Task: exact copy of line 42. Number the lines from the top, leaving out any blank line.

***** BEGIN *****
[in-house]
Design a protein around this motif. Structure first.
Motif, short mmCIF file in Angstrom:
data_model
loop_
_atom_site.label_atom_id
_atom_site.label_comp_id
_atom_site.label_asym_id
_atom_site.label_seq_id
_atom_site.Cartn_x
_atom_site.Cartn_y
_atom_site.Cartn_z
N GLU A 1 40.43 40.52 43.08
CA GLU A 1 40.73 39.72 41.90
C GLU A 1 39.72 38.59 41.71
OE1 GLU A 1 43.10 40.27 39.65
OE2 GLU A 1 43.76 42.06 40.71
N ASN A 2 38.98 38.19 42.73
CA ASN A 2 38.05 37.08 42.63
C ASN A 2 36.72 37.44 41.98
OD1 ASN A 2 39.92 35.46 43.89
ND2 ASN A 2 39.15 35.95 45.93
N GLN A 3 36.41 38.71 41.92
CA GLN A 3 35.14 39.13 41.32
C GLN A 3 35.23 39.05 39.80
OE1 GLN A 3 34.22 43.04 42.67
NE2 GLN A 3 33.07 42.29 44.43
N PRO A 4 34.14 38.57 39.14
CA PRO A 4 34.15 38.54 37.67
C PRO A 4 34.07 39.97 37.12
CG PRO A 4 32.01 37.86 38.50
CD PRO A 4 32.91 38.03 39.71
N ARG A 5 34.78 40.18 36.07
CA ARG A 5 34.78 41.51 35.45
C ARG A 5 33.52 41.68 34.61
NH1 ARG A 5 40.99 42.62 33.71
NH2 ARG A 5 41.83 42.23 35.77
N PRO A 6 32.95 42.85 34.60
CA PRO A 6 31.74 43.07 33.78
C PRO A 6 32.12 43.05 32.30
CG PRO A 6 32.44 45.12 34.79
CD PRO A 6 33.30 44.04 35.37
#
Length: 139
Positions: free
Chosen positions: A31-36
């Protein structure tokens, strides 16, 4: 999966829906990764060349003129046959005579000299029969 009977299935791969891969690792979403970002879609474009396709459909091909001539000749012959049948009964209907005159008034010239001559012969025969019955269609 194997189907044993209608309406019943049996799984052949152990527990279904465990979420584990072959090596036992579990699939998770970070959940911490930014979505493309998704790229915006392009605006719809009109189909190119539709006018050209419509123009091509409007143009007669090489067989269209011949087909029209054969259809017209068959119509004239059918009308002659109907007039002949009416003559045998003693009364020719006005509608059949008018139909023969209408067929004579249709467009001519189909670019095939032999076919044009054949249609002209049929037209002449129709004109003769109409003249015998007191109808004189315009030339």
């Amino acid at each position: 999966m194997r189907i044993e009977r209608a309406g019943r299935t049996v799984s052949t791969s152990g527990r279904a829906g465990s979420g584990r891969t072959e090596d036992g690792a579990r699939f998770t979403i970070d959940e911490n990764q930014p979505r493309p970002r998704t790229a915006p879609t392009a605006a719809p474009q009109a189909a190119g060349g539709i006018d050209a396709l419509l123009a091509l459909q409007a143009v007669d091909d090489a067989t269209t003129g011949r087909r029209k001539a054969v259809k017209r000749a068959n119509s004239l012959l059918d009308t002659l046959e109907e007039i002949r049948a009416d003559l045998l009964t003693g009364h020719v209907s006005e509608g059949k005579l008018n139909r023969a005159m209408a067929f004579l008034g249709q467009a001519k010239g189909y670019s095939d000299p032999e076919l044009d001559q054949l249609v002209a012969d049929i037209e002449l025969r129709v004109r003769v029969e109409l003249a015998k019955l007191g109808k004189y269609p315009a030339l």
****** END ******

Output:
CD PRO A 6 33.30 44.04 35.37